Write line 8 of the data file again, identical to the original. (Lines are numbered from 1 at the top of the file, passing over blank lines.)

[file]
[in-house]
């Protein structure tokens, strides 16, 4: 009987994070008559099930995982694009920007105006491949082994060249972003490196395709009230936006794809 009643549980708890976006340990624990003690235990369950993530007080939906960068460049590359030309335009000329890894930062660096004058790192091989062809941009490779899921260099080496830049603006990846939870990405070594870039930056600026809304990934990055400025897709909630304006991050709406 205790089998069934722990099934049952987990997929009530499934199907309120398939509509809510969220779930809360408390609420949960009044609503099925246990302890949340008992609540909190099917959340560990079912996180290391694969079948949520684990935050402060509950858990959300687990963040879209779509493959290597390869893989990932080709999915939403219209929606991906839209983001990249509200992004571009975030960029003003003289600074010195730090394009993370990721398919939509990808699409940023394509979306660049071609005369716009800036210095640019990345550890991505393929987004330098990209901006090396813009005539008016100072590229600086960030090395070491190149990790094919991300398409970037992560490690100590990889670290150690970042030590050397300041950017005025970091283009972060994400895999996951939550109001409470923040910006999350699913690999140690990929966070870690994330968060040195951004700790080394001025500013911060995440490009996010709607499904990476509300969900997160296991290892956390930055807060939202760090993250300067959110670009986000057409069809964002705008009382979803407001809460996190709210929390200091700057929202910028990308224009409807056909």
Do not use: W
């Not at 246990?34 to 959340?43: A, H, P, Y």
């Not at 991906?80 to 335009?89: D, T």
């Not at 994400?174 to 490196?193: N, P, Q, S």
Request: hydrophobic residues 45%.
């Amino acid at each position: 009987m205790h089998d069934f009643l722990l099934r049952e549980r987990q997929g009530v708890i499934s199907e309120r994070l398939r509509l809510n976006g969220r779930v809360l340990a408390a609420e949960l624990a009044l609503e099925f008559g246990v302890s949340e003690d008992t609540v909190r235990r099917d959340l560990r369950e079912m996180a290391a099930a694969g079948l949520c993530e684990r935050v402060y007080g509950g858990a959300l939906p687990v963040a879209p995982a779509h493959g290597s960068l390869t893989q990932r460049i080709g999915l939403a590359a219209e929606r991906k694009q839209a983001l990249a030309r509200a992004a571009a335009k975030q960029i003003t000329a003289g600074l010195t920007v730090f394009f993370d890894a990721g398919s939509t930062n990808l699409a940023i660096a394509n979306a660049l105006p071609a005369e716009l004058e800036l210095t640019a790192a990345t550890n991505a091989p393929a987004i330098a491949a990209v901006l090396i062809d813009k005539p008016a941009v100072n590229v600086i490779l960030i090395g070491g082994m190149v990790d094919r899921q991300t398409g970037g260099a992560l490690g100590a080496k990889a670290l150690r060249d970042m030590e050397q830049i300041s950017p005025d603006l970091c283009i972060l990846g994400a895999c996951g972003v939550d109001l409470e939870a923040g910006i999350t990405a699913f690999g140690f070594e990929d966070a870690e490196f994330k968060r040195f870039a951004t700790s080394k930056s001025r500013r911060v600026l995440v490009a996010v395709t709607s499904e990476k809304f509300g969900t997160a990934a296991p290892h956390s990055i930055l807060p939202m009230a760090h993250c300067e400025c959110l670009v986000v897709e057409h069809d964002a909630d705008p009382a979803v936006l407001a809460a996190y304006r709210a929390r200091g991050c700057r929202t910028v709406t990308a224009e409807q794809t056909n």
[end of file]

């Amino acid at each position: 009987m205790h089998d069934f009643l722990l099934r049952e549980r987990q997929g009530v708890i499934s199907e309120r994070l398939r509509l809510n976006g969220r779930v809360l340990a408390a609420e949960l624990a009044l609503e099925f008559g246990v302890s949340e003690d008992t609540v909190r235990r099917d959340l560990r369950e079912m996180a290391a099930a694969g079948l949520c993530e684990r935050v402060y007080g509950g858990a959300l939906p687990v963040a879209p995982a779509h493959g290597s960068l390869t893989q990932r460049i080709g999915l939403a590359a219209e929606r991906k694009q839209a983001l990249a030309r509200a992004a571009a335009k975030q960029i003003t000329a003289g600074l010195t920007v730090f394009f993370d890894a990721g398919s939509t930062n990808l699409a940023i660096a394509n979306a660049l105006p071609a005369e716009l004058e800036l210095t640019a790192a990345t550890n991505a091989p393929a987004i330098a491949a990209v901006l090396i062809d813009k005539p008016a941009v100072n590229v600086i490779l960030i090395g070491g082994m190149v990790d094919r899921q991300t398409g970037g260099a992560l490690g100590a080496k990889a670290l150690r060249d970042m030590e050397q830049i300041s950017p005025d603006l970091c283009i972060l990846g994400a895999c996951g972003v939550d109001l409470e939870a923040g910006i999350t990405a699913f690999g140690f070594e990929d966070a870690e490196f994330k968060r040195f870039a951004t700790s080394k930056s001025r500013r911060v600026l995440v490009a996010v395709t709607s499904e990476k809304f509300g969900t997160a990934a296991p290892h956390s990055i930055l807060p939202m009230a760090h993250c300067e400025c959110l670009v986000v897709e057409h069809d964002a909630d705008p009382a979803v936006l407001a809460a996190y304006r709210a929390r200091g991050c700057r929202t910028v709406t990308a224009e409807q794809t056909n």